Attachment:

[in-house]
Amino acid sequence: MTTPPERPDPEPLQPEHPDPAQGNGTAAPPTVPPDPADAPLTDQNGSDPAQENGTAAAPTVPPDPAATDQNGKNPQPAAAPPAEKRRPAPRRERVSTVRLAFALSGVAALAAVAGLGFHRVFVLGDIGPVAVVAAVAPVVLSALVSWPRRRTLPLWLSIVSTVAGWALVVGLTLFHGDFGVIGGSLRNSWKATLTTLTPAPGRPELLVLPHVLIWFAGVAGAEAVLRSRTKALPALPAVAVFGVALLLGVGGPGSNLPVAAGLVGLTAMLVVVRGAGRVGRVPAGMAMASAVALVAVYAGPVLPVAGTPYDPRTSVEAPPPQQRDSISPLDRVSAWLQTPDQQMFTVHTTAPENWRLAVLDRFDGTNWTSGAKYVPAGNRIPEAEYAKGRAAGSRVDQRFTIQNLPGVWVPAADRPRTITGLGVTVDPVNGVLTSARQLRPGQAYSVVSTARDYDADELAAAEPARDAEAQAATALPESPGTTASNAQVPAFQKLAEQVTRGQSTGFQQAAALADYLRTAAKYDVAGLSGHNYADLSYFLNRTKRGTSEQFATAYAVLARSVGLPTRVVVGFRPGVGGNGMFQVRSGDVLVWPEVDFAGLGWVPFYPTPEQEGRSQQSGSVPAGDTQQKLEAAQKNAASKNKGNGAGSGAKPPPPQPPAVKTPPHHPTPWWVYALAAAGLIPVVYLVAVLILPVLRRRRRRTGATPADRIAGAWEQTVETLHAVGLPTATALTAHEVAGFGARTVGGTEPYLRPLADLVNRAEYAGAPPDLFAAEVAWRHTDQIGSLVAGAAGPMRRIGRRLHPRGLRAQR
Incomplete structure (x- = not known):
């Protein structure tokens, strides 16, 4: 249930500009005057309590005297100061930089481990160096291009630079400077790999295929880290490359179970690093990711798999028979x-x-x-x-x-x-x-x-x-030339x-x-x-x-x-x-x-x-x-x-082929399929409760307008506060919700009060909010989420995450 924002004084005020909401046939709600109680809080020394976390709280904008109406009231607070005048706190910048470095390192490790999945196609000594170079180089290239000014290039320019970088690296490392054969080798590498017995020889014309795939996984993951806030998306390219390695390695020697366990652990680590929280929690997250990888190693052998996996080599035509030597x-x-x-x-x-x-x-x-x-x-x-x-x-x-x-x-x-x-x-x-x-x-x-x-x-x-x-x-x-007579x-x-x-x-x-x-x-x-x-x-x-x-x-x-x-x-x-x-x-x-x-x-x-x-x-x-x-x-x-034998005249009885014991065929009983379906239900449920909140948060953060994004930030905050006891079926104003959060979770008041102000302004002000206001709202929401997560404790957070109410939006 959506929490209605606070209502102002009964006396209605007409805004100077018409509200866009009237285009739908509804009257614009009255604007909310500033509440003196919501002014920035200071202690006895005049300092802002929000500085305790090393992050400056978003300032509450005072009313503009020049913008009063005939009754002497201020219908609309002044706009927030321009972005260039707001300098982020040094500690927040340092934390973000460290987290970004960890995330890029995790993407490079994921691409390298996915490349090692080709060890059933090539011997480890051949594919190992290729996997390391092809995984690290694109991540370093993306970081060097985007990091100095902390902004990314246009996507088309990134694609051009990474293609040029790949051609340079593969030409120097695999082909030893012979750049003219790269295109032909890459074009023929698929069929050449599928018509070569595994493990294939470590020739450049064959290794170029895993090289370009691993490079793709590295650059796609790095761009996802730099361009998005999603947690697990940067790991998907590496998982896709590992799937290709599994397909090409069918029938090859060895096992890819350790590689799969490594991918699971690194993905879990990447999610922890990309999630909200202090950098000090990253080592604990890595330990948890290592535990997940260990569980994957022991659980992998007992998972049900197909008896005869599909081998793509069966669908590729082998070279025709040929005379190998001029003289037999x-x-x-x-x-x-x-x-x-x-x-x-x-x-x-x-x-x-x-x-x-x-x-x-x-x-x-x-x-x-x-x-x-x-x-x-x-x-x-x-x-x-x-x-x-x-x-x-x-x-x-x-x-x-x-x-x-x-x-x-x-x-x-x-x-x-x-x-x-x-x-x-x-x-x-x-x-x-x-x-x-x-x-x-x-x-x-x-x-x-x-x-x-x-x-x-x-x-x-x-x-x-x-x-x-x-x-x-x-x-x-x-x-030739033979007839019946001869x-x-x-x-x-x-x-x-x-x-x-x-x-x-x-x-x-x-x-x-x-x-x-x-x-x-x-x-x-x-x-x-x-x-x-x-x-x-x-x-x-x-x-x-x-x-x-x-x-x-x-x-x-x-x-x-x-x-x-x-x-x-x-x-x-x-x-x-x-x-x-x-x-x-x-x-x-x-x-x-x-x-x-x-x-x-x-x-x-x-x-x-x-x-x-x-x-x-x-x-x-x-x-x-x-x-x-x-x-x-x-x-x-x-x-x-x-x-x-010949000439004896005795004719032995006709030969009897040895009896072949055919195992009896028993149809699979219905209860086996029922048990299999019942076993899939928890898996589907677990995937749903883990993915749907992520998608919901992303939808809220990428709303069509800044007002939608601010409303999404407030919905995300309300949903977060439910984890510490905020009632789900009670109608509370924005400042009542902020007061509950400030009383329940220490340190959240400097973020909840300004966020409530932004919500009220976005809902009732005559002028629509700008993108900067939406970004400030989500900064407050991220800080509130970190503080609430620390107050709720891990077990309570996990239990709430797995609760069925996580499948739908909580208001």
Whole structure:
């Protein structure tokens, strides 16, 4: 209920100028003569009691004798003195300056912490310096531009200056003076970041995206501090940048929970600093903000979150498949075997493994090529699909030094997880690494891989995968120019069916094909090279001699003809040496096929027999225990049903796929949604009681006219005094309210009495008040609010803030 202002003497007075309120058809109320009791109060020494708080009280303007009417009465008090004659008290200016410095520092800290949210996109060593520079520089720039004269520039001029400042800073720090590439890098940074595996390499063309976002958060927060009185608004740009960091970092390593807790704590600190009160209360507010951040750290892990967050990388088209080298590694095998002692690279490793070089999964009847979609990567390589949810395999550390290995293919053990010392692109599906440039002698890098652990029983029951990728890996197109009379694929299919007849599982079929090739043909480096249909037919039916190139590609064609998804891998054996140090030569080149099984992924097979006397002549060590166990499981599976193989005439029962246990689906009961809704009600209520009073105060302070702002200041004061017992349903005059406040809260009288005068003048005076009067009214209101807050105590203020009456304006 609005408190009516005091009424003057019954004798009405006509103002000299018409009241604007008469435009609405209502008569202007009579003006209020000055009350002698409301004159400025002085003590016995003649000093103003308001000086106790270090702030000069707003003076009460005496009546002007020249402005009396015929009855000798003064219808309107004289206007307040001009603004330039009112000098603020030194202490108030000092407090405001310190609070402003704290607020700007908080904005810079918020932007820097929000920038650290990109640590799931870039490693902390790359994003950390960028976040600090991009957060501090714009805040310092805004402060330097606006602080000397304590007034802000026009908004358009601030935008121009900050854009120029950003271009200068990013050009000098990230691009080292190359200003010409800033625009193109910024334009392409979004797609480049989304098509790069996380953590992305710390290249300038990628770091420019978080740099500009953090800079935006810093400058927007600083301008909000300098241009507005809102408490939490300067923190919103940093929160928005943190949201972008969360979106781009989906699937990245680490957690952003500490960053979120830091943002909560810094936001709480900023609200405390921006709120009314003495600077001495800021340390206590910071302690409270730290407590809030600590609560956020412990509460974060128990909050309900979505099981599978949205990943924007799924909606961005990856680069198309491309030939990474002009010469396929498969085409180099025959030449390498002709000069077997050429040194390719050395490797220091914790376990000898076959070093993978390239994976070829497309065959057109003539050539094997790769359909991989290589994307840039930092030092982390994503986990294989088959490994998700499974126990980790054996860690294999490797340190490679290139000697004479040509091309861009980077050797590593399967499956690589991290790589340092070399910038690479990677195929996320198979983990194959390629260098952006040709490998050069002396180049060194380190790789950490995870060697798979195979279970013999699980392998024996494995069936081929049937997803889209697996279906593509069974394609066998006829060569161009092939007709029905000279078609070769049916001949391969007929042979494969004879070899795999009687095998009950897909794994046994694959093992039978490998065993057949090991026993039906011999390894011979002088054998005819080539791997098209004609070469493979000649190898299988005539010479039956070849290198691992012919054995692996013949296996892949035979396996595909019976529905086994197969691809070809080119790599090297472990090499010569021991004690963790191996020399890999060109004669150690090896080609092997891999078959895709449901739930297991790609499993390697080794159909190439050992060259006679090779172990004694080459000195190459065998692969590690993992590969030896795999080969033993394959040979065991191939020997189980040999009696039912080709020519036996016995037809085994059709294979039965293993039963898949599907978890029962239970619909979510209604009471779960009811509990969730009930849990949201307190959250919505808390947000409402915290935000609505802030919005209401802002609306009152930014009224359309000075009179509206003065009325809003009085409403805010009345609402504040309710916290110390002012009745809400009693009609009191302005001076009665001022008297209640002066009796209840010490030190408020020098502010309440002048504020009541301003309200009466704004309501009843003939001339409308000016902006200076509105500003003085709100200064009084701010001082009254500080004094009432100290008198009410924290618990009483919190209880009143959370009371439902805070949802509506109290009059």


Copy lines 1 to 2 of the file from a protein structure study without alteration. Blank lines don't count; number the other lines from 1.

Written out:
[in-house]
Amino acid sequence: MTTPPERPDPEPLQPEHPDPAQGNGTAAPPTVPPDPADAPLTDQNGSDPAQENGTAAAPTVPPDPAATDQNGKNPQPAAAPPAEKRRPAPRRERVSTVRLAFALSGVAALAAVAGLGFHRVFVLGDIGPVAVVAAVAPVVLSALVSWPRRRTLPLWLSIVSTVAGWALVVGLTLFHGDFGVIGGSLRNSWKATLTTLTPAPGRPELLVLPHVLIWFAGVAGAEAVLRSRTKALPALPAVAVFGVALLLGVGGPGSNLPVAAGLVGLTAMLVVVRGAGRVGRVPAGMAMASAVALVAVYAGPVLPVAGTPYDPRTSVEAPPPQQRDSISPLDRVSAWLQTPDQQMFTVHTTAPENWRLAVLDRFDGTNWTSGAKYVPAGNRIPEAEYAKGRAAGSRVDQRFTIQNLPGVWVPAADRPRTITGLGVTVDPVNGVLTSARQLRPGQAYSVVSTARDYDADELAAAEPARDAEAQAATALPESPGTTASNAQVPAFQKLAEQVTRGQSTGFQQAAALADYLRTAAKYDVAGLSGHNYADLSYFLNRTKRGTSEQFATAYAVLARSVGLPTRVVVGFRPGVGGNGMFQVRSGDVLVWPEVDFAGLGWVPFYPTPEQEGRSQQSGSVPAGDTQQKLEAAQKNAASKNKGNGAGSGAKPPPPQPPAVKTPPHHPTPWWVYALAAAGLIPVVYLVAVLILPVLRRRRRRTGATPADRIAGAWEQTVETLHAVGLPTATALTAHEVAGFGARTVGGTEPYLRPLADLVNRAEYAGAPPDLFAAEVAWRHTDQIGSLVAGAAGPMRRIGRRLHPRGLRAQR